Life cycle engineering – thinking about tomorrow, today

Designing product families systematically and sustainably

2E mechatronic, a specialist in the development of innovative mechatronics products in the fields of sensors, precision injection molding and microelectromechanical systems, has made a name for itself as a specialist in 3D injection-molded circuit carriers and other technologies. The company has grown continuously over the past decade. The Steinbeis Transfer Center “Management – Innovation – Technology” (MIT) supported 2E on an innovative product development project in the field of sensors. The challenge: to develop product architecture suitable for a variety of product variants, and optimize all engineering processes throughout the entire product life cycle.

“Our innovation projects are becoming more and more complex and their product life cycles shorter and shorter. For maximum efficiency in all processes, we increasingly need to focus on our core competencies,” explains Uwe Remer, managing partner at 2E. Key to this is 2E’s building-block approach to developing innovative products. This approach recently provided a springboard for an inclination sensor enhancement project.

As well as the need to optimize internal processes, the building-block approach also entails finding and selecting the right third-party support – people with the right skills. “Networking has been central to all of 2E’s innovation work for over 15 years, throughout the supply chain, all the way to the customer,” continues Remer. 2E didn’t want to leave finding these partners to chance.

The project scope was clearly defined. The second generation of the inclination sensor should be based on a clear design principle – similar to the architecture of a house. Preplanned, combinable product and process elements should be used to generate new customer-specific solutions quickly and reliably. The entire life cycle of the product, from initial brainstorming to follow-on products, should be taken into account, and all engineering processes should be set up accordingly. For functions and processes beyond 2E’s core competences, value creation partners should be identified and successfully integrated into company networks.

The 2E project team invited the experts from Steinbeis to join them on this challenging task. 2E chose to work with Steinbeis as a consulting partner because of their excellent product and process engineering network, and their expertise in managing networks both within companies and between them. The team used the Steinbeis Transfer Center’s three-phase model:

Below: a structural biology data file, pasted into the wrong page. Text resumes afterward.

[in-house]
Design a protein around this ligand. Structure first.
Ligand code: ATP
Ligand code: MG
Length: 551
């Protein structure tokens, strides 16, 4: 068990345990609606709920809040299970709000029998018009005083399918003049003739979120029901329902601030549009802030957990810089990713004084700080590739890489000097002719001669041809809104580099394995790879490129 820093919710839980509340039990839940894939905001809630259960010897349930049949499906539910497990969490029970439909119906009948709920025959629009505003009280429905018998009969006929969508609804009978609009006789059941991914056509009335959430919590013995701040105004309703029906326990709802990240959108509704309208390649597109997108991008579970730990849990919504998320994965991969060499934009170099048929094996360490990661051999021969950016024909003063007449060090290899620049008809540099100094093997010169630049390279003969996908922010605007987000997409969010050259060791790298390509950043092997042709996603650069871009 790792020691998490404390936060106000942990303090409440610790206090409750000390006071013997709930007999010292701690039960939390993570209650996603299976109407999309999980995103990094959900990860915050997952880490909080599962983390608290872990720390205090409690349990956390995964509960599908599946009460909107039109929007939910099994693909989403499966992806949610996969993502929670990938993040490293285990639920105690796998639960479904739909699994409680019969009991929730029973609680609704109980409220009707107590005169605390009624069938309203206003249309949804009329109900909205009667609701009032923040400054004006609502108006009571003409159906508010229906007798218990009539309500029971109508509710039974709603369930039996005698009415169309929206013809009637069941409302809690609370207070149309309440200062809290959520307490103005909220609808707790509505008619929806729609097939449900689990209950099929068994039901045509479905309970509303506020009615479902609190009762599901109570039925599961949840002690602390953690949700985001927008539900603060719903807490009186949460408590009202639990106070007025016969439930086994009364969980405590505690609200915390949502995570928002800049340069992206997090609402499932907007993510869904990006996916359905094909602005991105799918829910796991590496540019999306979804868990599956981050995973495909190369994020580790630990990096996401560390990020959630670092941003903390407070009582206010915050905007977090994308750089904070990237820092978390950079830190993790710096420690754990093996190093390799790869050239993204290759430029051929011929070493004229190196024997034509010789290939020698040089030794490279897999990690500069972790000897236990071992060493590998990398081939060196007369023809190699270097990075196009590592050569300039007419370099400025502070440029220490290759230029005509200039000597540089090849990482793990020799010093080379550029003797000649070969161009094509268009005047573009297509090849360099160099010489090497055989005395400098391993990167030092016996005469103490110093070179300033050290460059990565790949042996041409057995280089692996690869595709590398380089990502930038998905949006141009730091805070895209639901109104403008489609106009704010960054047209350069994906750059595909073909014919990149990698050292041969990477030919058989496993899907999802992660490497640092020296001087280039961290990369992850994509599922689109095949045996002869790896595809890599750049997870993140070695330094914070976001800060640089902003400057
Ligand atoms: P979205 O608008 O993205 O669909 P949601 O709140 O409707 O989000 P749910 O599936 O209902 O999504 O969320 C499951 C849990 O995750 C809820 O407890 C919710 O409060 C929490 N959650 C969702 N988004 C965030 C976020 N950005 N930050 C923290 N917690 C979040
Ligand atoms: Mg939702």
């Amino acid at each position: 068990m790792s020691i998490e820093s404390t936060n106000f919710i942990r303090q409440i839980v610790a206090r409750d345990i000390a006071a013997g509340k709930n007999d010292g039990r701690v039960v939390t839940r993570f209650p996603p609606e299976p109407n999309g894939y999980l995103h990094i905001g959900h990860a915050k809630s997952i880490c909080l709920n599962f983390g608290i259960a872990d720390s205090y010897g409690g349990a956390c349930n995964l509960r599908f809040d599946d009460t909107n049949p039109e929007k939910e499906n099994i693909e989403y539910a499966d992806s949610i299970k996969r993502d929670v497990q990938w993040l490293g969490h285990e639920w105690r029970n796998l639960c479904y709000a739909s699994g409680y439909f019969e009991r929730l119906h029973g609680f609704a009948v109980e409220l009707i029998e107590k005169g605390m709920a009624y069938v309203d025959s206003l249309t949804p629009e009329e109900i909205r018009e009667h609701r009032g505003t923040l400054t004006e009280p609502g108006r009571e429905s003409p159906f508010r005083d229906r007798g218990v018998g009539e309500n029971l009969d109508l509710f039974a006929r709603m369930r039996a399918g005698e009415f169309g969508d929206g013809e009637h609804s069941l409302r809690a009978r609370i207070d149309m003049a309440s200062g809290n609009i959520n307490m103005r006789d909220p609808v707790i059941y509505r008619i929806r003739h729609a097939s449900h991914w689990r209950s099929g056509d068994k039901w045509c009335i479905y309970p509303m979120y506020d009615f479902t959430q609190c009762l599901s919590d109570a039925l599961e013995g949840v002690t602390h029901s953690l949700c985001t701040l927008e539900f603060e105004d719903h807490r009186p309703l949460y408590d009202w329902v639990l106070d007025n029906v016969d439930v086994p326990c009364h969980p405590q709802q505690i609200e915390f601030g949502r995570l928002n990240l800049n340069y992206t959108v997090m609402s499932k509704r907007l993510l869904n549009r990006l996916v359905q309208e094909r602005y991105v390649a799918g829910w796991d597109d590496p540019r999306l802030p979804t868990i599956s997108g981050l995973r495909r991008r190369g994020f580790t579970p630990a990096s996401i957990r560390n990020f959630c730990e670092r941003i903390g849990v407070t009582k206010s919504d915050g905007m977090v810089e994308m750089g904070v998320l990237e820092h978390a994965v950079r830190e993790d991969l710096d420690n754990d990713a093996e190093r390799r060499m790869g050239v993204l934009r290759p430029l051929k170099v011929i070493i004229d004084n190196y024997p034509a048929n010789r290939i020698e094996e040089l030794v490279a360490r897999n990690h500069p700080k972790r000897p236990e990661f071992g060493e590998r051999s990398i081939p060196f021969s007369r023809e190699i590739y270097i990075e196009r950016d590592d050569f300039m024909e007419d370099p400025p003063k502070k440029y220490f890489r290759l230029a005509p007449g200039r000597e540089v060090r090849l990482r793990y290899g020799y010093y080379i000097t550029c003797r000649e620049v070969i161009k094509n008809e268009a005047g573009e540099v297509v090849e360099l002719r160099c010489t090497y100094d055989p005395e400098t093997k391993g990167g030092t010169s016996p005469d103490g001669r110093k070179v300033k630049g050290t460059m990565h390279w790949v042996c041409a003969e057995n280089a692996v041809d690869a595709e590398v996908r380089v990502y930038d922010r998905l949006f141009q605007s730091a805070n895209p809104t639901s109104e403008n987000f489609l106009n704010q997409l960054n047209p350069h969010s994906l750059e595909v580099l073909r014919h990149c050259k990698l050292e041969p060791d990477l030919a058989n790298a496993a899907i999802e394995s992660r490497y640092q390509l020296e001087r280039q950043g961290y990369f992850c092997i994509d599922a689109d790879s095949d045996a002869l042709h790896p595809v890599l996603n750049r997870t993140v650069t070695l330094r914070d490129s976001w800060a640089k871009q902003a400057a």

Phase 1: Customer requirements and system development
Systematically classify customer and market needs and develop suitable integrated technology/ functional modules.

Phase 2: Product classification and configuration
Draw up a product catalog of basic functionalities, standard (catalog) options and tailored (customer) versions.

Phase 3: Process evaluation and value creation partners
Optimize core processes (internal) for core functions; evaluate special processes (external) for special functions, network processes efficiently, adapt regularly.

2E’s self-assessment highlighted where its core competences lie within the engineering processes. However, certain key figures highlighted that there was still plenty of potential to standardize and optimize inclination sensor product architecture. “Too many product variants, too low volumes,” sums up Uwe Remer. “We could meet all kinds of different customer needs with our inclination sensor technology – but we don’t want to,” he continues. To avoid adapting products to each new customer, the team systematically analyzed selected target groups in the chosen markets, and implemented their requirements in appropriate product modules. Thismassively reduces the time-to-market for each order – and the freed-up development capacity can now be used for customer projects that really do match company goals.

For the catalog modules, the team determined and optimized corresponding engineering processes. 2E no longer develops special processes for tailored solutions, but buys them from reliable network partners. Uwe Remer is already thinking one step further. “We’re designing an entire product portfolio for each application area – after all, we have the technological expertise to do this. But it takes careful planning to integrate this sensibly into our existing business fields without customer projects getting in each other’s way. Our goal is to maximize efficiency!” Remer is delighted with the outcome of the project. “We wanted to expand into newmarkets and industries for our innovative inclination sensor – and do this more quickly than before, in a more targeted way. Now that we have a pretty good idea which application fields our technology matches best, we can offer them the right product variants without delay. We also now know the exact areas we need to improve our engineering processes in – and we’ve already found the right external process specialists to support us with this.”

For Dr. Günther Würtz, director of the MIT Steinbeis Transfer Center, the key to long term success also lies in networked engineering processes. “Focusing solely on the development process is no guarantee of long-term success. For lasting profitability, the entire product life cycle needs to work as efficiently as possible, from first prototypes to second generation products. The rule for each and every process is the same: simplythe best. We only want to retain in-house processes that are core competences – all other processes can be taken care of by our excellent new partners.”

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